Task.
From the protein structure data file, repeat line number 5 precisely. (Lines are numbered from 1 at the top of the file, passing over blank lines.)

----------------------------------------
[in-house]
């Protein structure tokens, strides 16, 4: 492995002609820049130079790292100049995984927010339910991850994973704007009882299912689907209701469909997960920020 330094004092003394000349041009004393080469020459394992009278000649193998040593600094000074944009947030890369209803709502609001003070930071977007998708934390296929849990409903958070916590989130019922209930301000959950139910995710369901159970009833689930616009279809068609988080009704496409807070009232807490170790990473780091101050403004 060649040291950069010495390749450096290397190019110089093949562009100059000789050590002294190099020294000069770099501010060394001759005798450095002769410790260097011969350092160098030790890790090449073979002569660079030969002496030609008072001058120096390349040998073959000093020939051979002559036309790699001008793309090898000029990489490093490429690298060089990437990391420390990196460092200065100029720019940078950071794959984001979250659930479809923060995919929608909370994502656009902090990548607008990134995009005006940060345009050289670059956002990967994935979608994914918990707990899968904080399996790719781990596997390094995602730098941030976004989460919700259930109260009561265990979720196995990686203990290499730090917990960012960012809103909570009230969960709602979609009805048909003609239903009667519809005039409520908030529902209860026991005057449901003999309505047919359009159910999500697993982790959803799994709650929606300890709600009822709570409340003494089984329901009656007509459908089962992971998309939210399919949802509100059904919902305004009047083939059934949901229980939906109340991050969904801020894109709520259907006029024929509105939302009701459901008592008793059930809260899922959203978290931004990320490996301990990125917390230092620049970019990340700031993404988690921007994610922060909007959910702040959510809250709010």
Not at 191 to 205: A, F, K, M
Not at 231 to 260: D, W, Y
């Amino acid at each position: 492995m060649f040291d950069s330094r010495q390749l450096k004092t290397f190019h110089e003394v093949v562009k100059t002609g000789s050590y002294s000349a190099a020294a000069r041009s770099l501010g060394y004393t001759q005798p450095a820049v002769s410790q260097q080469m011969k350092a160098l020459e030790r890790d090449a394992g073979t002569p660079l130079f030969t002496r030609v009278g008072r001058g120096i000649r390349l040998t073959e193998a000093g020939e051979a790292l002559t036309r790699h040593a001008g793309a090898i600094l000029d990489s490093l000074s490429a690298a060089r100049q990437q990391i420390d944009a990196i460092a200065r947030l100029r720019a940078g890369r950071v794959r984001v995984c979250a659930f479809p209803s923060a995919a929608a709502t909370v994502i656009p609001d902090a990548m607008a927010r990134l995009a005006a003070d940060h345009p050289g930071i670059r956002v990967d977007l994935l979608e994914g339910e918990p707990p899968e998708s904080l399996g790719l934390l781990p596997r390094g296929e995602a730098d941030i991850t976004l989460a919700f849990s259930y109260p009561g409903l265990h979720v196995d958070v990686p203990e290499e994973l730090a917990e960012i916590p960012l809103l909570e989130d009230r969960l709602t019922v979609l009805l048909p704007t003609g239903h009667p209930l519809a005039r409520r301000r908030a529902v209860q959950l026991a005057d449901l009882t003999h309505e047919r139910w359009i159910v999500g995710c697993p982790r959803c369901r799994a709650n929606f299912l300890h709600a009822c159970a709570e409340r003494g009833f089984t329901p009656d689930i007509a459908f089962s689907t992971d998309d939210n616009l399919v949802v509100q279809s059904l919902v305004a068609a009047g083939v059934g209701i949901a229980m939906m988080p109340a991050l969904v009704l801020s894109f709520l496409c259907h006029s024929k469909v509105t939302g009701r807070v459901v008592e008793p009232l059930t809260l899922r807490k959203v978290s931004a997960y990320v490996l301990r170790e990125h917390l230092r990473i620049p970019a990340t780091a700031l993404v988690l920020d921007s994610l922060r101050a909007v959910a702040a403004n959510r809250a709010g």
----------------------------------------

């Amino acid at each position: 492995m060649f040291d950069s330094r010495q390749l450096k004092t290397f190019h110089e003394v093949v562009k100059t002609g000789s050590y002294s000349a190099a020294a000069r041009s770099l501010g060394y004393t001759q005798p450095a820049v002769s410790q260097q080469m011969k350092a160098l020459e030790r890790d090449a394992g073979t002569p660079l130079f030969t002496r030609v009278g008072r001058g120096i000649r390349l040998t073959e193998a000093g020939e051979a790292l002559t036309r790699h040593a001008g793309a090898i600094l000029d990489s490093l000074s490429a690298a060089r100049q990437q990391i420390d944009a990196i460092a200065r947030l100029r720019a940078g890369r950071v794959r984001v995984c979250a659930f479809p209803s923060a995919a929608a709502t909370v994502i656009p609001d902090a990548m607008a927010r990134l995009a005006a003070d940060h345009p050289g930071i670059r956002v990967d977007l994935l979608e994914g339910e918990p707990p899968e998708s904080l399996g790719l934390l781990p596997r390094g296929e995602a730098d941030i991850t976004l989460a919700f849990s259930y109260p009561g409903l265990h979720v196995d958070v990686p203990e290499e994973l730090a917990e960012i916590p960012l809103l909570e989130d009230r969960l709602t019922v979609l009805l048909p704007t003609g239903h009667p209930l519809a005039r409520r301000r908030a529902v209860q959950l026991a005057d449901l009882t003999h309505e047919r139910w359009i159910v999500g995710c697993p982790r959803c369901r799994a709650n929606f299912l300890h709600a009822c159970a709570e409340r003494g009833f089984t329901p009656d689930i007509a459908f089962s689907t992971d998309d939210n616009l399919v949802v509100q279809s059904l919902v305004a068609a009047g083939v059934g209701i949901a229980m939906m988080p109340a991050l969904v009704l801020s894109f709520l496409c259907h006029s024929k469909v509105t939302g009701r807070v459901v008592e008793p009232l059930t809260l899922r807490k959203v978290s931004a997960y990320v490996l301990r170790e990125h917390l230092r990473i620049p970019a990340t780091a700031l993404v988690l920020d921007s994610l922060r101050a909007v959910a702040a403004n959510r809250a709010g």